GSA Connects 2021 in Portland, Oregon

Paper No. 112-8
Presentation Time: 3:30 PM


MANDEL, Rolfe, University of Kansas, 1930 Constant Ave, Lawrence, KS 66047-3726, GRIMM, Eric, Deceased, University of Minnesota, Minneapolis, MN 55455, JASS, Chris, Quaternary Paleontology, Royal Alberta Museum, 9810 103a Ave NW, Edmonton, AB T5J 0G2, Canada and MEAD, James I., Mammoth Site, Hot Springs, SD 57747

Parker’s Pit is a cave located in the southern Black Hills of SW South Dakota, a mountainous area surrounded by short-grass prairies of the western Great Plains. The modern entrance is ~ 45 cm wide and 1 m long, with a 13.8 m vertical drop to the cave floor. Hence, the cave is a natural trap for animals, and a debris cone containing sediment and faunal remains has formed beneath the entrance. Over at least the past 15,000 years, runoff episodically poured into the pit and transported sediment and bones down a 6-m-long ramp to a flat area that is a depositional zone. Recent excavations to a depth of 1.5 m in the depositional zone revealed sheetwash consisting of laminated sandy and fine-grained sediment mostly derived from soils eroded off the landscape surrounding the cave. Hence, the package of sediment stored in the depositional zone is an archive of soil organic matter used here to reconstruct late-Quaternary bioclimatic change in the Black Hills.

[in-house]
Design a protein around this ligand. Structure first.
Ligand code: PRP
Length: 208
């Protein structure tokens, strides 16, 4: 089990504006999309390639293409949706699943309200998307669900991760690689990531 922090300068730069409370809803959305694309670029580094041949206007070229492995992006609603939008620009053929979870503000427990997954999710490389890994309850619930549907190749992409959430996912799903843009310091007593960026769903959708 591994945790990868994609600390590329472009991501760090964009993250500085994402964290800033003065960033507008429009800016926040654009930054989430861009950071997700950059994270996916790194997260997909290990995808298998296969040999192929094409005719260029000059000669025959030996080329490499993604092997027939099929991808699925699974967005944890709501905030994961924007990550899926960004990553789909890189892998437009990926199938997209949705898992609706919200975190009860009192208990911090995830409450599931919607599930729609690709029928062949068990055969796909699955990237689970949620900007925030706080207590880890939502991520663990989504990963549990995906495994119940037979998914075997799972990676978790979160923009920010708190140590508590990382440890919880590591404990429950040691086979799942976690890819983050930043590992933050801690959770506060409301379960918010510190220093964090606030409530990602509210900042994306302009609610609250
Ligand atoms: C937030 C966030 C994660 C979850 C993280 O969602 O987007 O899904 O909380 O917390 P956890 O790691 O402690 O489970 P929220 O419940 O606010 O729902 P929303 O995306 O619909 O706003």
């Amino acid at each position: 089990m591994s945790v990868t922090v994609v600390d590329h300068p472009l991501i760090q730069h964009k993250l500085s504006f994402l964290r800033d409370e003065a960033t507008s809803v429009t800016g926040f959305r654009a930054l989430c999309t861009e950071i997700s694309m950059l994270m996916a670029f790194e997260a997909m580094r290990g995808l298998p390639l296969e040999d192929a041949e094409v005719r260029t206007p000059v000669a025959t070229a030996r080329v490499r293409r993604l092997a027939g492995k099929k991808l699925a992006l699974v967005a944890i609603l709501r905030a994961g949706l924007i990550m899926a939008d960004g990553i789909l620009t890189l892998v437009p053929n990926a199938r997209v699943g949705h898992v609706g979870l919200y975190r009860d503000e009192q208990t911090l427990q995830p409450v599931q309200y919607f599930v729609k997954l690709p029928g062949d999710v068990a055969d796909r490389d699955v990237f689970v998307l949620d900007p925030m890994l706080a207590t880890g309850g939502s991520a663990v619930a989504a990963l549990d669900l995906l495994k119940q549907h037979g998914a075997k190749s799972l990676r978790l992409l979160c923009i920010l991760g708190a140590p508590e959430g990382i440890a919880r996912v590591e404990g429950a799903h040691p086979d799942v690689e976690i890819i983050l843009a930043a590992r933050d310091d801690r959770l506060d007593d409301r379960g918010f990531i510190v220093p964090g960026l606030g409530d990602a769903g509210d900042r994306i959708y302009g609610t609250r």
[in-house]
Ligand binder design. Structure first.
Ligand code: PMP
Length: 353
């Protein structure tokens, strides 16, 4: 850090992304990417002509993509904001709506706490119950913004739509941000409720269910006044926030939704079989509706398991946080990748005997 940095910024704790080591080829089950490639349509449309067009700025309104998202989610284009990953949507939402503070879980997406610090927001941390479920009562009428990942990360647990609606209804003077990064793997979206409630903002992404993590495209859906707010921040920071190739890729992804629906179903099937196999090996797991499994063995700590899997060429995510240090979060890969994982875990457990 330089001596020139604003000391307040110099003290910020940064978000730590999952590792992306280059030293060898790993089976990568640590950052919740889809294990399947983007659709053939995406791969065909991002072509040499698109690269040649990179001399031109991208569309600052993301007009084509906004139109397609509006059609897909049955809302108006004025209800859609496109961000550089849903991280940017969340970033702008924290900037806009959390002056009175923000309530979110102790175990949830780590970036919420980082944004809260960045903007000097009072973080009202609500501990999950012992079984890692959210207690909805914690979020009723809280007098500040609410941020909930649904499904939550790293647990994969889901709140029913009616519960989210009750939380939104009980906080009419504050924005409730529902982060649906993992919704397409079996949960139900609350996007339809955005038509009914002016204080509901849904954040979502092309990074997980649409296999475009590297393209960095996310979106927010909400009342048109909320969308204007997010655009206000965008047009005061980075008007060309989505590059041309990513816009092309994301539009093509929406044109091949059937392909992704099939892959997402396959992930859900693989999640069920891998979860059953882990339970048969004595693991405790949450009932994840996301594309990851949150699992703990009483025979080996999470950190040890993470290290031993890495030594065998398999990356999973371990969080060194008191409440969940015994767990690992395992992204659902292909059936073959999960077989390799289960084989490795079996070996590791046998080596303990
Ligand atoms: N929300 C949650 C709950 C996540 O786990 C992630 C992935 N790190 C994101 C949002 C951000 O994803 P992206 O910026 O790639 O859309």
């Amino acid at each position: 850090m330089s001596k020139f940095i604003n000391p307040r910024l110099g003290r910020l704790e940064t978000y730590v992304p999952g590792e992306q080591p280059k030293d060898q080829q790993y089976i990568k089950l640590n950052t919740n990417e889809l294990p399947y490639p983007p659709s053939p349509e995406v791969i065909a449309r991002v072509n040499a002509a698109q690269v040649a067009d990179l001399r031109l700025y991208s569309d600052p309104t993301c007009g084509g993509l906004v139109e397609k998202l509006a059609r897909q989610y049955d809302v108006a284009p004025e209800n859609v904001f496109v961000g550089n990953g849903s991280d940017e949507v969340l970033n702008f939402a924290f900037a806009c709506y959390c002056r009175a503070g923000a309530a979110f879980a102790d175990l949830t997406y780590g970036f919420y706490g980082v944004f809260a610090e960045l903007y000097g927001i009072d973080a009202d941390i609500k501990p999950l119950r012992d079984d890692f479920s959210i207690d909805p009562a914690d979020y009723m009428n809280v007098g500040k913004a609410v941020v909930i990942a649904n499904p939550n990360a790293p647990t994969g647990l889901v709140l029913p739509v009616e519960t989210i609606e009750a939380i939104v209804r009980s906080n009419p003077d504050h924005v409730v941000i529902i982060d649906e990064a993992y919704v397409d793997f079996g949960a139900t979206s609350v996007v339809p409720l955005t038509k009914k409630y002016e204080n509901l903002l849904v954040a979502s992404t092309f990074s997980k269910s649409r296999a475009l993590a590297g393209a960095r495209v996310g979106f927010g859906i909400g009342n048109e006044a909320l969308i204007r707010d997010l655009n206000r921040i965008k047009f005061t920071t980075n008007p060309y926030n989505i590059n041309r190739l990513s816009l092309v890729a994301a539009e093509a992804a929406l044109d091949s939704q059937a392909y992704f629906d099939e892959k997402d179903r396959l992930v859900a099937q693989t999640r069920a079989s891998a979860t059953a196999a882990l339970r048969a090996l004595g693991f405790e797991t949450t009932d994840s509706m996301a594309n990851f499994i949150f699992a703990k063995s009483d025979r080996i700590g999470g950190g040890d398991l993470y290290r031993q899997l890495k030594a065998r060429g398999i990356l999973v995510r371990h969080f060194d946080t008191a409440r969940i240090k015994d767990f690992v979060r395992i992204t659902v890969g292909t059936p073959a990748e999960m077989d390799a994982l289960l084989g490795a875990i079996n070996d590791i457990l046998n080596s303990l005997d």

Based on the stable carbon isotope (δ13C) values of organic matter (OM) in the strata, the plant community of the Black Hills was strongly dominated by C3 vegetation before ca. 14,150 B.P. During that time, C4 vegetation contributed only 7-13% of the OM to sediments deposited in the cave, and the mean July temperature (MJT) ranged from 17.0 to 17.7° C. Between ca. 14,150 and 11,300 B.P., C3 vegetation continued to dominate the plant community (C4 grasses contributed only 20-41% of the OM), though warming was underway, with MJT steadily increasing from 18.3 to 20.3° C. A major shift in δ13C values occurred between ca. 11,300 and 8900 B.P. and continued until the late Holocene, with C4 grasses contributing 60 to 72% of the OC and MJT ranging from 21.7 to 23.3° C (the Altithermal). A C3-dominated plant community was reestablished after ca. 4350 B.P. and MJT declined (19.6-20.2° C).

As a natural trap, Parker’s Pit provides a representative sample of animals that were small enough to fit through the narrow opening of the cave. Initial analysis and dating of the fauna suggests turnover that generally supports the nature of bioclimatic change inferred from the δ13C data. Further reconciliation of observed changes in the fauna in relation to δ13C changes observed in sediments presents an opportunity to integrate records of faunal change with independent climatic data for the late Quaternary of the southern Black Hills.